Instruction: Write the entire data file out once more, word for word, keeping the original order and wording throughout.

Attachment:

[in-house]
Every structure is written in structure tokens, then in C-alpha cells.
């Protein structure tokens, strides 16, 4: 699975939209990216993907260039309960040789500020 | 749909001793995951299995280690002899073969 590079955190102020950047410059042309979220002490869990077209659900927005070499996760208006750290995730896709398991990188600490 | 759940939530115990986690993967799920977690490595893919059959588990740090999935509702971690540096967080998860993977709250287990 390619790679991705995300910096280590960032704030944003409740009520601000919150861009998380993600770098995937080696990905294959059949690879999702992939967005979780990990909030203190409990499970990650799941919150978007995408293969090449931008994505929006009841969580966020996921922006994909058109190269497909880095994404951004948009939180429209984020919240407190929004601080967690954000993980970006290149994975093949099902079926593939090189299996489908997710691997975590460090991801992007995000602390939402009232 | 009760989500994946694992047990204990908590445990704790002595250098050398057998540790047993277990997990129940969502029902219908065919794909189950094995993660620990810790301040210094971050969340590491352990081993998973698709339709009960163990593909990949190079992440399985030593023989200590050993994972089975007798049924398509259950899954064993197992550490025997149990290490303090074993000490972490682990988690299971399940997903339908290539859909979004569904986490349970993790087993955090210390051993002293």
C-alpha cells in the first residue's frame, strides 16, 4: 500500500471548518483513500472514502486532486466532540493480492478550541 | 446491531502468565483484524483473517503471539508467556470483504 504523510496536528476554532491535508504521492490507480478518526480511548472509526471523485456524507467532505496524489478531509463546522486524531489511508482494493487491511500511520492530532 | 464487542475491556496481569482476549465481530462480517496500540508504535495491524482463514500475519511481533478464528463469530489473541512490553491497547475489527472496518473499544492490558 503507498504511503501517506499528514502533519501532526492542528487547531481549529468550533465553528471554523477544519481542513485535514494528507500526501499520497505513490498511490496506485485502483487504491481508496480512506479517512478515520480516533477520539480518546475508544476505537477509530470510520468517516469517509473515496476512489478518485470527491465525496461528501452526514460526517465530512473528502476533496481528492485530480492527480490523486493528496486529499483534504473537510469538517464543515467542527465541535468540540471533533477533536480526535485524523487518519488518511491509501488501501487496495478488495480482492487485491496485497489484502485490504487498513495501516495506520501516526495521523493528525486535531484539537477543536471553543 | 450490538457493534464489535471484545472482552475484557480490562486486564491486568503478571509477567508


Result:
[in-house]
Every structure is written in structure tokens, then in C-alpha cells.
């Protein structure tokens, strides 16, 4: 699975939209990216993907260039309960040789500020 | 749909001793995951299995280690002899073969 590079955190102020950047410059042309979220002490869990077209659900927005070499996760208006750290995730896709398991990188600490 | 759940939530115990986690993967799920977690490595893919059959588990740090999935509702971690540096967080998860993977709250287990 390619790679991705995300910096280590960032704030944003409740009520601000919150861009998380993600770098995937080696990905294959059949690879999702992939967005979780990990909030203190409990499970990650799941919150978007995408293969090449931008994505929006009841969580966020996921922006994909058109190269497909880095994404951004948009939180429209984020919240407190929004601080967690954000993980970006290149994975093949099902079926593939090189299996489908997710691997975590460090991801992007995000602390939402009232 | 009760989500994946694992047990204990908590445990704790002595250098050398057998540790047993277990997990129940969502029902219908065919794909189950094995993660620990810790301040210094971050969340590491352990081993998973698709339709009960163990593909990949190079992440399985030593023989200590050993994972089975007798049924398509259950899954064993197992550490025997149990290490303090074993000490972490682990988690299971399940997903339908290539859909979004569904986490349970993790087993955090210390051993002293």
C-alpha cells in the first residue's frame, strides 16, 4: 500500500471548518483513500472514502486532486466532540493480492478550541 | 446491531502468565483484524483473517503471539508467556470483504 504523510496536528476554532491535508504521492490507480478518526480511548472509526471523485456524507467532505496524489478531509463546522486524531489511508482494493487491511500511520492530532 | 464487542475491556496481569482476549465481530462480517496500540508504535495491524482463514500475519511481533478464528463469530489473541512490553491497547475489527472496518473499544492490558 503507498504511503501517506499528514502533519501532526492542528487547531481549529468550533465553528471554523477544519481542513485535514494528507500526501499520497505513490498511490496506485485502483487504491481508496480512506479517512478515520480516533477520539480518546475508544476505537477509530470510520468517516469517509473515496476512489478518485470527491465525496461528501452526514460526517465530512473528502476533496481528492485530480492527480490523486493528496486529499483534504473537510469538517464543515467542527465541535468540540471533533477533536480526535485524523487518519488518511491509501488501501487496495478488495480482492487485491496485497489484502485490504487498513495501516495506520501516526495521523493528525486535531484539537477543536471553543 | 450490538457493534464489535471484545472482552475484557480490562486486564491486568503478571509477567508